In the cases of disease cure research I think it's more about helping humans in general rather than a financial gain so I'm glad to offer my equipment to the cause. But for a for-profit research project I seriously think they should pay for the resources we provide for their use.

RE: Pay me for my CPU cycles
By Suntan on 12/8/2008 3:49:54 PM , Rating: 2
But instead of the ISP paying I think the company seeking the research should foot the bill.

Well, the idea of the ISP managing it is that they already have access to all the computers and would be best situated to communicate and deal with the “cloud” as it is. There are a lot of times where companies only want to rent other people’s super computers for a day or a week to complete a specific task, but have no desire to actually maintain one or pay for long term usage. In this instance you would not see them bother with soliciting and setting up their own group of networked PCs, but they would be willing to pay to rent the service from a 3rd party like an ISP.

From the ISP user’s standpoint, they wouldn’t have to deal with other people, it would be streamlined as part of your monthly ISP bill.


RE: Pay me for my CPU cycles
By Bruneauinfo on 12/8/2008 4:14:52 PM , Rating: 3
grid computing exists because we donate our computers. if we didn't they wouldn't build super computers to replace us, they just wouldn't do the research at all. they can do the research our CPU's provide because we make it affordable. F@H works because it is economically feasible for everyone involved. i don't see Stanford buying a petaflop computer when they can use that money to pay for research projects and use our computers for free.

surely someone here can say what i'm trying to say better than i can, but i hope you get my point.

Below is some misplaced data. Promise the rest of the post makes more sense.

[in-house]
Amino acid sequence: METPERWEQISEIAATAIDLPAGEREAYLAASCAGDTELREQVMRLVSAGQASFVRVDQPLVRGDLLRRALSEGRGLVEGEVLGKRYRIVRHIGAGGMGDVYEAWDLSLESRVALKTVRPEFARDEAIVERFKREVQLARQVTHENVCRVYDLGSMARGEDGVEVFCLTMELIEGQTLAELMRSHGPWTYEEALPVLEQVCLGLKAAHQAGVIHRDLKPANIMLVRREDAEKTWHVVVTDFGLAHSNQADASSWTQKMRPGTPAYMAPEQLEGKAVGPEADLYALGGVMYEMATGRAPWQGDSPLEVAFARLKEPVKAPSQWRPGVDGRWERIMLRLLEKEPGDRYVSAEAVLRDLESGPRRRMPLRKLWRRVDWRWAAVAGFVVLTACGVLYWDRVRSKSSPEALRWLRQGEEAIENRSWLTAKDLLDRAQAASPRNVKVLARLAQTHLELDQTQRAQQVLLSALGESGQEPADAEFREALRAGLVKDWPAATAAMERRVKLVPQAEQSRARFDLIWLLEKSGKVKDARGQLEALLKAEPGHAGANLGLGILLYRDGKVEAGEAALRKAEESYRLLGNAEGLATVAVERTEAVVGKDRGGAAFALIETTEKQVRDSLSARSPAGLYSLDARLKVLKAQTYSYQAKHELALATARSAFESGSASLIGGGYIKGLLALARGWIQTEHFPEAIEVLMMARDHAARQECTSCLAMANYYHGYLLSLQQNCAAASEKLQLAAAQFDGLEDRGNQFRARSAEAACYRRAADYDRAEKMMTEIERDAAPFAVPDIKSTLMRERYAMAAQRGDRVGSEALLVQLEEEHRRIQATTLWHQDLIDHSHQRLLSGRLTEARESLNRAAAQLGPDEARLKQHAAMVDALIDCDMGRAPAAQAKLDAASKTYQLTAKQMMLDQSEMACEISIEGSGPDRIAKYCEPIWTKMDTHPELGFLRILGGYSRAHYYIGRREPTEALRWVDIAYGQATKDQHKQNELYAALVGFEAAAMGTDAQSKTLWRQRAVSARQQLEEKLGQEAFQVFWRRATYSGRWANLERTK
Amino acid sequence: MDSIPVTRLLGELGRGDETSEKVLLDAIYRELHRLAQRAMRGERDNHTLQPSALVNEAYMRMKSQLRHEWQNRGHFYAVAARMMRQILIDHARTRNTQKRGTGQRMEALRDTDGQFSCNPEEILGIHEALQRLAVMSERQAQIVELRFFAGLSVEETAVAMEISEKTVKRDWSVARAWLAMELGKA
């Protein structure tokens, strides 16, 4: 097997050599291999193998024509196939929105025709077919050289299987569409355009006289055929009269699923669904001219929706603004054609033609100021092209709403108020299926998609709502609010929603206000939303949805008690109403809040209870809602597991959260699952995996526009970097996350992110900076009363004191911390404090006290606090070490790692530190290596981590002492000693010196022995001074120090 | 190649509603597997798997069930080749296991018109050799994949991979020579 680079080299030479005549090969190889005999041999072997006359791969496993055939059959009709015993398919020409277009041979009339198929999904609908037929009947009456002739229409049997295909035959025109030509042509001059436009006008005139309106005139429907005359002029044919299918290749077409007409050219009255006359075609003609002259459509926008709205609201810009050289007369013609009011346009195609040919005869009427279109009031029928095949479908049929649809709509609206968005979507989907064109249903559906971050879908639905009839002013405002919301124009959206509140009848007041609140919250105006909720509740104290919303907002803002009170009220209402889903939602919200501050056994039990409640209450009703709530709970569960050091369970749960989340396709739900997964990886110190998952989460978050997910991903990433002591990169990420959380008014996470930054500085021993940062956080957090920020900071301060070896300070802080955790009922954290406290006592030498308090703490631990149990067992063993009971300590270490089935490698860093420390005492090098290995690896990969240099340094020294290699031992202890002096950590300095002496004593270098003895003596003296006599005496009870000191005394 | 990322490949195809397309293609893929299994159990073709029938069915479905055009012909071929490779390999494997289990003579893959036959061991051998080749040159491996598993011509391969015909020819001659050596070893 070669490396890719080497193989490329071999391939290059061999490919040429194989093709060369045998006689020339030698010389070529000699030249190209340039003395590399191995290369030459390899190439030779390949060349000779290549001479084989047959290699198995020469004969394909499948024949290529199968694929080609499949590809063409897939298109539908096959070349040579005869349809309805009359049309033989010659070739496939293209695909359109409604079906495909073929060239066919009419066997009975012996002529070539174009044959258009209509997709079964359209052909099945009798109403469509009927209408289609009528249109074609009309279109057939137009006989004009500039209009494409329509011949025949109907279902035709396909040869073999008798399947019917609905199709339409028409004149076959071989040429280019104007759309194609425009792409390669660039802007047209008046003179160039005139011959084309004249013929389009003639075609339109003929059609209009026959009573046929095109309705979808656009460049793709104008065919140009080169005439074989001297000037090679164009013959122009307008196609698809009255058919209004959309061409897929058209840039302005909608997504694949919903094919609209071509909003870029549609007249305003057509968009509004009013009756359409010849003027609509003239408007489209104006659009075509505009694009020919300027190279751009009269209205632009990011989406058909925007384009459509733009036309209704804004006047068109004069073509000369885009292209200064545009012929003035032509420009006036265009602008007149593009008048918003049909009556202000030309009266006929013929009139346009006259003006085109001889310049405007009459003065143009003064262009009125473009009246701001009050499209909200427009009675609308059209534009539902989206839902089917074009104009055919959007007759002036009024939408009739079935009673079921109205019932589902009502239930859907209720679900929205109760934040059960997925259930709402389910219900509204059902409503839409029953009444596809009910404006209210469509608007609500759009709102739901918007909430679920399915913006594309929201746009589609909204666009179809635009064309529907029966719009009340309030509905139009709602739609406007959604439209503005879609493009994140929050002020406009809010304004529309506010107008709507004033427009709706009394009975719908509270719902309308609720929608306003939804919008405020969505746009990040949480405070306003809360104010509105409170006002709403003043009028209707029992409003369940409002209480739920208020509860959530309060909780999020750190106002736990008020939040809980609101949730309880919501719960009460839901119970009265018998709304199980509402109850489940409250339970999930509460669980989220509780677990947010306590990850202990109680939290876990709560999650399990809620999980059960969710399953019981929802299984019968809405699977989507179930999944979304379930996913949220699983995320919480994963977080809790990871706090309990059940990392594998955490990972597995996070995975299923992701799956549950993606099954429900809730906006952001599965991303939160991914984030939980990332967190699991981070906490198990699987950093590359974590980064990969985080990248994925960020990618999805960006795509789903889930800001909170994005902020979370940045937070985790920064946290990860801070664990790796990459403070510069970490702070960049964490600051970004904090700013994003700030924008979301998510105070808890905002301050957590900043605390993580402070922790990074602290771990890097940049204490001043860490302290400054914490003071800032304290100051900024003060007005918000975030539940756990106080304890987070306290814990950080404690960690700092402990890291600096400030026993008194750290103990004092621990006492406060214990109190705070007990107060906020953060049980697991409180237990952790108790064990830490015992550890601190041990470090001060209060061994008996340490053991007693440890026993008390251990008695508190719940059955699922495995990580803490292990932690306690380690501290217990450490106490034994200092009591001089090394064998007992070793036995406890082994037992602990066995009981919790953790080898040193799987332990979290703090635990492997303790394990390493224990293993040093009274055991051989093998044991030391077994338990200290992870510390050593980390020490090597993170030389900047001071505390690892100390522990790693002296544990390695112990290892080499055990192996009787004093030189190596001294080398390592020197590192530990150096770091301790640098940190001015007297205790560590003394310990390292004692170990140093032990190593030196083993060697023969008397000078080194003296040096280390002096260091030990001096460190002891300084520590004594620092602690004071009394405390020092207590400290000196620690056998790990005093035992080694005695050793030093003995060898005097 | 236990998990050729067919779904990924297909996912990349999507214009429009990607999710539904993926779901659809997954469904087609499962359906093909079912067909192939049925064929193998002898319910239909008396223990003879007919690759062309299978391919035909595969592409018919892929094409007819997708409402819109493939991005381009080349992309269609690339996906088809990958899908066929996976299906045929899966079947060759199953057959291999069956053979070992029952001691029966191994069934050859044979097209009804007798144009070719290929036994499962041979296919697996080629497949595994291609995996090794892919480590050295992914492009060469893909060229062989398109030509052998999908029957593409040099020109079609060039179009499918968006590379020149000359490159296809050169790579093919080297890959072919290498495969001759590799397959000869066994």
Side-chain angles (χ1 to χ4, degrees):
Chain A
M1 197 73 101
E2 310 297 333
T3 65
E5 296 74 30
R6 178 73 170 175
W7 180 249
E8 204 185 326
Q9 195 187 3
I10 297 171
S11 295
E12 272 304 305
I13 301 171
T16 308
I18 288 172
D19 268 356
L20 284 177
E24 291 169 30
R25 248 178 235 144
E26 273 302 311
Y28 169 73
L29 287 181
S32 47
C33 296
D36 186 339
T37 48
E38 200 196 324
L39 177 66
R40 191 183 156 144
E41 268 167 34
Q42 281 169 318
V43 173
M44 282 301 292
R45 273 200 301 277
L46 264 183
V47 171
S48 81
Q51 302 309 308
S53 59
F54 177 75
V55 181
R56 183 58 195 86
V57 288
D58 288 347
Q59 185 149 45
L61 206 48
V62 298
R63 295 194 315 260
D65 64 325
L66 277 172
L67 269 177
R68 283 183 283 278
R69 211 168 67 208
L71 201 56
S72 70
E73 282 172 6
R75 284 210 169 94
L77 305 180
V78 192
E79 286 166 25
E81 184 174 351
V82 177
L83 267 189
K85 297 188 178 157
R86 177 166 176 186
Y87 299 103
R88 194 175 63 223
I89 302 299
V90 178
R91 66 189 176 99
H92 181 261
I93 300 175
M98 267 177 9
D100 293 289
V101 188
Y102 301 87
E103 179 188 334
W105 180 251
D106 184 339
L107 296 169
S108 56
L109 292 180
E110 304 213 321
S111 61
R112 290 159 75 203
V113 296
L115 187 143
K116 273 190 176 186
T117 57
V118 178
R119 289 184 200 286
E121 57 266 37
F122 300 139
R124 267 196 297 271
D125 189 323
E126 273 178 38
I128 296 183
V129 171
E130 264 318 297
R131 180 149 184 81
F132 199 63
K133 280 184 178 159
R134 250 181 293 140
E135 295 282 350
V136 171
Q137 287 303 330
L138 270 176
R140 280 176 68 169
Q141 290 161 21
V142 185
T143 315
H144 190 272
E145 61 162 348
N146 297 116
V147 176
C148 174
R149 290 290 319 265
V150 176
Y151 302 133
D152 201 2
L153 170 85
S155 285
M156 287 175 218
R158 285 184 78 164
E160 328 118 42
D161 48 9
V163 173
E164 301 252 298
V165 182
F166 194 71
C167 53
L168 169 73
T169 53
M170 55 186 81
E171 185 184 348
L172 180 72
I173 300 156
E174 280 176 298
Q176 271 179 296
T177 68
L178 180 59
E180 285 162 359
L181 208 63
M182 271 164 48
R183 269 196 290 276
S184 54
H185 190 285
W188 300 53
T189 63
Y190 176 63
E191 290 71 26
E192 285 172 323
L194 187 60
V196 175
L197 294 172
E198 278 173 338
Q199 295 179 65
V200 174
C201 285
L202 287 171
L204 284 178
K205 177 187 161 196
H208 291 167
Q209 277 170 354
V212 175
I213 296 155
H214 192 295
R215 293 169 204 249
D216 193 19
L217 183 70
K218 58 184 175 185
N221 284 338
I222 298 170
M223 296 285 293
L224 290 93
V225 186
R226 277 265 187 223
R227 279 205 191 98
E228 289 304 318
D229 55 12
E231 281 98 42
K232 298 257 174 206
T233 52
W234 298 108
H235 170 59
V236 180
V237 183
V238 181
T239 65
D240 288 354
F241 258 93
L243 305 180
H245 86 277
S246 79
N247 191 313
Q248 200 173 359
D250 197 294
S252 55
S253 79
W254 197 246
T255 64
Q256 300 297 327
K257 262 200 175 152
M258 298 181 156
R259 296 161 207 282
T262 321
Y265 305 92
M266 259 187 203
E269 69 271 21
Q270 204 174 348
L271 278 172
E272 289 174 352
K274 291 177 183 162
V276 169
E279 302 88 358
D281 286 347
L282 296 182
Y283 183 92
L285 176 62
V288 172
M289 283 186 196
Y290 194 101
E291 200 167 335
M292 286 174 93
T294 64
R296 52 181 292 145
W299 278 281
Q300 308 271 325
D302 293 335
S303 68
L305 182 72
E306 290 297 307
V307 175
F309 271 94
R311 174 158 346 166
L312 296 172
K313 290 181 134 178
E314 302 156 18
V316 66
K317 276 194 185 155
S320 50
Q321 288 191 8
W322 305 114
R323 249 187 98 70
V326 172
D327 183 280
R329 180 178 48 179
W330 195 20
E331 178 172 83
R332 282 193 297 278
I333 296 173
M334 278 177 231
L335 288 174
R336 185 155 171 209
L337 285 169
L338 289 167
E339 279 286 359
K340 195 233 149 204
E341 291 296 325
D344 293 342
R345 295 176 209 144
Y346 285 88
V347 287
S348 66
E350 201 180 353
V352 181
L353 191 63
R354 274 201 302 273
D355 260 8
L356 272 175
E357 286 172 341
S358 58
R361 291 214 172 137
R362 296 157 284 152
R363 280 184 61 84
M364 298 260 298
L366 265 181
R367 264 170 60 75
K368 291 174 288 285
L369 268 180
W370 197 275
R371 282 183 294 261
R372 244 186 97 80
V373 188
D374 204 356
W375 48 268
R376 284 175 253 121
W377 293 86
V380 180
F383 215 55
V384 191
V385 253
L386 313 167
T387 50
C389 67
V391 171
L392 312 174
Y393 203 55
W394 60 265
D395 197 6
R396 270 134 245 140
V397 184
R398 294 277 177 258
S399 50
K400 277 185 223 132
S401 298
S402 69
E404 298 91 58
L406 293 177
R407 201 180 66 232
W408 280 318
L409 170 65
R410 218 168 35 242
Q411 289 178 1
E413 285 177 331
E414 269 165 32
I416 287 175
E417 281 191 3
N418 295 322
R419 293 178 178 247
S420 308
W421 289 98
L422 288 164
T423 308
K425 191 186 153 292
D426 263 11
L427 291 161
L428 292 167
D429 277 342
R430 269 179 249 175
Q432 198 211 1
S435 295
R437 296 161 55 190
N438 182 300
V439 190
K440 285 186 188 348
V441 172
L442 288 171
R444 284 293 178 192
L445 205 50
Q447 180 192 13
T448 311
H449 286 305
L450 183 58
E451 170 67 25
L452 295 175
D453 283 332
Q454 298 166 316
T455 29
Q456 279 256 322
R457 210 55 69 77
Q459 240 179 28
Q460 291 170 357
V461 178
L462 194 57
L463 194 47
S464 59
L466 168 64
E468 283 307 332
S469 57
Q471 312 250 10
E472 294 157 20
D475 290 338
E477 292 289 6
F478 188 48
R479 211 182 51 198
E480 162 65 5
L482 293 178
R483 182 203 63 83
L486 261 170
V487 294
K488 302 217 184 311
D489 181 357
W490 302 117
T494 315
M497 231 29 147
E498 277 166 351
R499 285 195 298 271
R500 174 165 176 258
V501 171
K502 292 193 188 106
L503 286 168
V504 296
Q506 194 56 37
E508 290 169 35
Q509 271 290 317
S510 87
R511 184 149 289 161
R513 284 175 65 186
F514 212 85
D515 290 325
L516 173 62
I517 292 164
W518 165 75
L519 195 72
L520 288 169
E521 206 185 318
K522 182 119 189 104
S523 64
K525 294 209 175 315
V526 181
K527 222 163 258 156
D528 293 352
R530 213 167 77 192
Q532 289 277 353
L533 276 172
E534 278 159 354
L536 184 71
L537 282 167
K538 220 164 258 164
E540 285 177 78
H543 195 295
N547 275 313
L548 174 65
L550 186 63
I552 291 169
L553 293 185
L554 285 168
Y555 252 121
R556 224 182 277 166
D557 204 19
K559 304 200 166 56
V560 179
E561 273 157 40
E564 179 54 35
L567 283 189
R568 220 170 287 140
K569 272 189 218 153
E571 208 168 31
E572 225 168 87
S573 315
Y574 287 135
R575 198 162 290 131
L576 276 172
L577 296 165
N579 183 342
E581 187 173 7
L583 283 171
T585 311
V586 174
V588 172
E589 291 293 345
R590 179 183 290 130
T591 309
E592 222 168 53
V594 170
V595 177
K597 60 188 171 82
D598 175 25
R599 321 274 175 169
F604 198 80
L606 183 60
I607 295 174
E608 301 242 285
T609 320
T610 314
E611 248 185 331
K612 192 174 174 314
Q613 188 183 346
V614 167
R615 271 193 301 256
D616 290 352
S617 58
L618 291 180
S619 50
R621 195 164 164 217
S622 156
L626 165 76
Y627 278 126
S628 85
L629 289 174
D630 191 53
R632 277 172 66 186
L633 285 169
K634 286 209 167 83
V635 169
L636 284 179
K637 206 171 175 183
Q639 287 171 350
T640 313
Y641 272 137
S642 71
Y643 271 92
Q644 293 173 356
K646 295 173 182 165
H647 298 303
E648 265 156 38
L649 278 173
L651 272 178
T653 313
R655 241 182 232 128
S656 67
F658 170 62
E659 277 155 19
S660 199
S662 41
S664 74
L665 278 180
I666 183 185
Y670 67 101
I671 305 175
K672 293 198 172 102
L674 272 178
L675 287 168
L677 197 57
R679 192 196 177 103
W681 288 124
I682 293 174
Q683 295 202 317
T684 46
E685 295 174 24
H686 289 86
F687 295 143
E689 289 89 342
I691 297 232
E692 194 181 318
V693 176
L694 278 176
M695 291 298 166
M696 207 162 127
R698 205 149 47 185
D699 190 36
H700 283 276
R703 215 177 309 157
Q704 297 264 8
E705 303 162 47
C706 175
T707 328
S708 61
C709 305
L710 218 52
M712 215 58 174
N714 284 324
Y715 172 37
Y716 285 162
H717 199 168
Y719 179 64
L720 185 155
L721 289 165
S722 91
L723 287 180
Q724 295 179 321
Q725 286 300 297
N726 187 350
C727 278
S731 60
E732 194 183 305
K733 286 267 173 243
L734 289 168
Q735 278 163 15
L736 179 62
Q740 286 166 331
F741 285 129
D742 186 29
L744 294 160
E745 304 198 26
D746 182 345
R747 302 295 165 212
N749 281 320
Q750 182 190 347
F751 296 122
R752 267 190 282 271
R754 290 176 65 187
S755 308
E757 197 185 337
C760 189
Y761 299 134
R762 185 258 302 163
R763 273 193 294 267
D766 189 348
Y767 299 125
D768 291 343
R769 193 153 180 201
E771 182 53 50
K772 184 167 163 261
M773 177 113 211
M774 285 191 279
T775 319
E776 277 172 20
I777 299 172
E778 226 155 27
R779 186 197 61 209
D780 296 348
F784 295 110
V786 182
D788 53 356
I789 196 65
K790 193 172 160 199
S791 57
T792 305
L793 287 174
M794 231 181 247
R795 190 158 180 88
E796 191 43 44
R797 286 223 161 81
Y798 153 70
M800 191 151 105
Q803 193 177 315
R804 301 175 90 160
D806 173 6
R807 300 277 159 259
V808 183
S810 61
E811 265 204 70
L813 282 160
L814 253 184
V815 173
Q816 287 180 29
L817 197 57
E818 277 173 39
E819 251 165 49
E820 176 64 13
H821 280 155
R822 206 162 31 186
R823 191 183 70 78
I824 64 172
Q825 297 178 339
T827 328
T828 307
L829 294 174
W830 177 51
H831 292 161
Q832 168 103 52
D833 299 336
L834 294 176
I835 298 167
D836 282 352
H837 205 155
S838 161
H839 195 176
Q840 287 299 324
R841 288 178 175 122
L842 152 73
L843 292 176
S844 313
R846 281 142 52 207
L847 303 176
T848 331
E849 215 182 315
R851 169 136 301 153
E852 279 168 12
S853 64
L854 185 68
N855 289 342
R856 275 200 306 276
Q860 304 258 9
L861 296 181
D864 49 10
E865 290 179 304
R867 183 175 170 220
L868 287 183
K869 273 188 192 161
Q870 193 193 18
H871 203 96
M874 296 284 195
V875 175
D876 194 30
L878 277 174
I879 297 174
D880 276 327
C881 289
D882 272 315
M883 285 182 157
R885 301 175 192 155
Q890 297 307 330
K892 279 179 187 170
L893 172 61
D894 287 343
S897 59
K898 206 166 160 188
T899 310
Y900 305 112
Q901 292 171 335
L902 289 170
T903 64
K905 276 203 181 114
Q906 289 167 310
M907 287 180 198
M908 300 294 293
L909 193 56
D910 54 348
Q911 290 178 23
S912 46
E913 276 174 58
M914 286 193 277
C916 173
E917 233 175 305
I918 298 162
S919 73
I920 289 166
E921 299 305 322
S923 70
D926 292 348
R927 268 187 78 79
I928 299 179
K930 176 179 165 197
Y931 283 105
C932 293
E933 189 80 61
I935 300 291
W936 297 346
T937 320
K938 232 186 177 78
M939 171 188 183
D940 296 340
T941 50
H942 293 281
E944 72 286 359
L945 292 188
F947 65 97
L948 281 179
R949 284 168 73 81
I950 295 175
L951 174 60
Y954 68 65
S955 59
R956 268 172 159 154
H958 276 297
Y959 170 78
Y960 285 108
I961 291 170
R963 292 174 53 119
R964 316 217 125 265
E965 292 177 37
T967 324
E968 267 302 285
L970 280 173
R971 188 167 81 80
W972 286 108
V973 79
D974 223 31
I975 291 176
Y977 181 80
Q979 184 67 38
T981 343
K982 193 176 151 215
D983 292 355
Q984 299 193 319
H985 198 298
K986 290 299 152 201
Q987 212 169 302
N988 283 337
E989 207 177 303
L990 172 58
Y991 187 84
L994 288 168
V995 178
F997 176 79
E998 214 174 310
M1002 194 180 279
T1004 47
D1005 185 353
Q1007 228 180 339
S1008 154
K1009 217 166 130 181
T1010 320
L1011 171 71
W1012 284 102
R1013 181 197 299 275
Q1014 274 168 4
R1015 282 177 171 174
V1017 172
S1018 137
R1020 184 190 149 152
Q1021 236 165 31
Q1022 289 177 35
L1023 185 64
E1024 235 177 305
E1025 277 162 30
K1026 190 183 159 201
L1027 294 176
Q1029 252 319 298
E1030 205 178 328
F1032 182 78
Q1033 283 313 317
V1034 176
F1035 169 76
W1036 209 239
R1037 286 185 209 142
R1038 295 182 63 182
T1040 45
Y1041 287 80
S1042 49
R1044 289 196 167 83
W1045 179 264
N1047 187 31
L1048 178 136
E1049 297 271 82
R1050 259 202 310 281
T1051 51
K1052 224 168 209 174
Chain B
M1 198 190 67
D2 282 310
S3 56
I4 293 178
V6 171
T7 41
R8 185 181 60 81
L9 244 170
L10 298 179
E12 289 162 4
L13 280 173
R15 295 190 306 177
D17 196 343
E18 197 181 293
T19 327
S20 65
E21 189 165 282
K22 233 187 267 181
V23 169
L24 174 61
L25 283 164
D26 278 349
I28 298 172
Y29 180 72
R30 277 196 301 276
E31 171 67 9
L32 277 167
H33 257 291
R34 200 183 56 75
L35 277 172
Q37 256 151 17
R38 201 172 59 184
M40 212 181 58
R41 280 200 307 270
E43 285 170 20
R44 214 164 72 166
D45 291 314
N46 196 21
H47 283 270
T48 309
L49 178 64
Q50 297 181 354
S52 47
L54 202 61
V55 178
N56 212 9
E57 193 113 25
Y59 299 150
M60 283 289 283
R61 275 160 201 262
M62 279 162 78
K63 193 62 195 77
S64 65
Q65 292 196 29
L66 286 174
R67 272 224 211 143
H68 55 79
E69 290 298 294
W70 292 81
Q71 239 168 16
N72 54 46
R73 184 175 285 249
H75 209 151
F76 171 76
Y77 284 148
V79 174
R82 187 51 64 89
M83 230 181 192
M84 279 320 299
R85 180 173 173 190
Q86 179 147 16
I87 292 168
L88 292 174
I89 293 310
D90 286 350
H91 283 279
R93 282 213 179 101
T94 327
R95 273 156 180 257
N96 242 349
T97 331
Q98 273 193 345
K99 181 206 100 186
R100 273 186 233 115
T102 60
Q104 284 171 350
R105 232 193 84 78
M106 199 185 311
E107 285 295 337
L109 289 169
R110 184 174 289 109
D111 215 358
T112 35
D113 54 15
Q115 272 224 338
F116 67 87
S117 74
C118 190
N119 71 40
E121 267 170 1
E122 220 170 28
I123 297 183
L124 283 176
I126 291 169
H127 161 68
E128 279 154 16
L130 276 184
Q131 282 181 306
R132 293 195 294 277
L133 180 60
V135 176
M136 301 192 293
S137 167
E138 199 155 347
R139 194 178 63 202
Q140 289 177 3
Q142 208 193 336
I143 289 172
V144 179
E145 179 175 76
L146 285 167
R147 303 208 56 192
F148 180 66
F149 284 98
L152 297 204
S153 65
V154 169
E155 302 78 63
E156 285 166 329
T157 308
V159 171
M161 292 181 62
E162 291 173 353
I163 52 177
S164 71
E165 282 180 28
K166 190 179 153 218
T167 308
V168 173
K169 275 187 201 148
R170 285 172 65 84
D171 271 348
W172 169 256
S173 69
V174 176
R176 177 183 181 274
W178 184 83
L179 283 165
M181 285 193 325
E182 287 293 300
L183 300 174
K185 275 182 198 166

RE: Pay me for my CPU cycles
By Suntan on 12/9/2008 1:26:31 PM , Rating: 2
First, take a step away from F@H. There are other uses for large number crunching than just F@H. While it is understandable to donate computer resources to a good cause, there are a lot of people on this planet that do things because it makes them money, not just because its solely a “good thing to do.” If you don’t believe me, go look up the words “work” “job” “paycheck” “economy” “capitalism”, etc. etc. If that still confuses you, climb up out of the basement and ask your mommy and daddy why they leave the house every morning and they don’t get back until 5pm.

FEA and CFD of new cars takes a lot of power and, while the likes of GM and such can afford to run their own server farm to crunch the numbers (although a lot of them rent computer time from 3rd parties that run their own crunching farm) smaller companies (Tesla, Saleen, etc. etc.) could benefit from more options between the two extremes.

Not to mention when Toro designs a new lawnmower or Trek designs a new bike, FEA is used, but mostly likely is not used to the extent it could be because there is not enough time to do it when you have to wait a half hour for an individual workstation to run through each run.

Having a cheaper option, renting the simulation time from a 3rd party, can reduce the cost and overhead allowing for more simulations to be done in less time.

Same principle as a time share for a Condo on the beach that you only use 5 days out of the year.

In fact, there are currently places that rent out computing time to companies that don’t have the need to justify running their own farm. They just own the computers within there farm. This idea would possibly allow for an even less costly (although admittedly less dependable) option because the ISP does not have to pay for the upkeep of the customer’s computers that it uses.


RE: Pay me for my CPU cycles
By Bruneauinfo on 12/9/2008 3:13:38 PM , Rating: 2
do the math.

"Paying an extra $500 for a computer in this environment -- same piece of hardware -- paying $500 more to get a logo on it? I think that's a more challenging proposition for the average person than it used to be." -- Steve Ballmer